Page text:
As ambitious as Icarus might’ve been, even he flew a little too close to the Sun. But in the non-fictional world, NASA is planning to do exactly the same.
But, you know, replacing those wax wings with a massive heat shield.
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The Parker Solar Probe, a multi-billion-dollar unmanned mission to the Sun has been made concrete this week, with a timeline and mission outline. The probe, renamed in honour of astrophysicist Eugene Parker, will travel to the Sun, and try extremely hard to not burst into flames.
It will be aided by a fat carbon-composite heat shield that’ll allow the craft to fly within six-million kilometres of the star’s surface. At that point, it’ll be close enough to study the corona — the Sun’s outer atmosphere — and the effects of solar wind.
NASA also outlined a brief mission dateline for the craft.
Launching in July-August 2018, the Parker Solar Probe will lap Venus seven times before hurtling towards the Sun. At that point, it’ll be travelling just under 700 000km/h.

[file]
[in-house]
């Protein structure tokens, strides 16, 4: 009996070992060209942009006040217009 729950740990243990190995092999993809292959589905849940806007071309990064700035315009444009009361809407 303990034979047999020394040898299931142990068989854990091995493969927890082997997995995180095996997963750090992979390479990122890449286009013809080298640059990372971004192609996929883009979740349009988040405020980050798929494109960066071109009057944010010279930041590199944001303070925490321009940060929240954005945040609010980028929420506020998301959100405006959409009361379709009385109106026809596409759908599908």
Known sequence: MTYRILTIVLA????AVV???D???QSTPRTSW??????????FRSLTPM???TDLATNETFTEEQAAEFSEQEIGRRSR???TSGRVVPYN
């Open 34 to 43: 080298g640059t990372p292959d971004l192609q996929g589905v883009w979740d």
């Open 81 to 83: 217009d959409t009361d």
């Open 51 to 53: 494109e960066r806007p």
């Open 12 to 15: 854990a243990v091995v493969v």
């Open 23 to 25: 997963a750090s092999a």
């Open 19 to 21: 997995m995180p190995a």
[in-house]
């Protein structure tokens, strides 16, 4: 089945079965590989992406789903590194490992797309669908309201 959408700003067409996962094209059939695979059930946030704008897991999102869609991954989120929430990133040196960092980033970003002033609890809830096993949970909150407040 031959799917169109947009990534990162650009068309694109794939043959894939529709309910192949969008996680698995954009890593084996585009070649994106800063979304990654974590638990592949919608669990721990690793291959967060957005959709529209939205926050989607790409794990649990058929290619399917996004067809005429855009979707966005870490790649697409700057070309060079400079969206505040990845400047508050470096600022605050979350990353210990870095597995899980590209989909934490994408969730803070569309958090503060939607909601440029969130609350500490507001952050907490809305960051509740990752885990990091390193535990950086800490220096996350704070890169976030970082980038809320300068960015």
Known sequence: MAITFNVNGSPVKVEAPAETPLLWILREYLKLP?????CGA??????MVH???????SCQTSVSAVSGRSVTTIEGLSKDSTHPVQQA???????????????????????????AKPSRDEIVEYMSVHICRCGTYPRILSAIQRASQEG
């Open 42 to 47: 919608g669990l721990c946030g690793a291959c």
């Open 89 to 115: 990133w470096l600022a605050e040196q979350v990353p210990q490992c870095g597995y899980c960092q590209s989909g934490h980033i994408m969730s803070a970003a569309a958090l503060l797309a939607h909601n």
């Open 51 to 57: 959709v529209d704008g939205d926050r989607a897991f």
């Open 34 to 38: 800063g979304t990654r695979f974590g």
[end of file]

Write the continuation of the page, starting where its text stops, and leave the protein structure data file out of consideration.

Yes, seven-hundred thousand kilometres per hour.
That’ll make it the fastest man made object ever.
“Parker Solar Probe is going to answer questions about solar physics that we’ve puzzled over for more than six decades,” mission scientist Nicola Fox explains.
“It’s a spacecraft loaded with technological breakthroughs that will solve many of the largest mysteries about our star, including finding out why the sun’s corona is so much hotter than its surface. And we’re very proud to be able to carry Gene’s name with us on this amazing voyage of discovery.”
If all goes according to plan, the probe should reach the corona by 2025, and will make 24 orbits of the gas giant powering our solar system.
Feature image: Johns Hopkins University Applied Physics Laboratory/NASA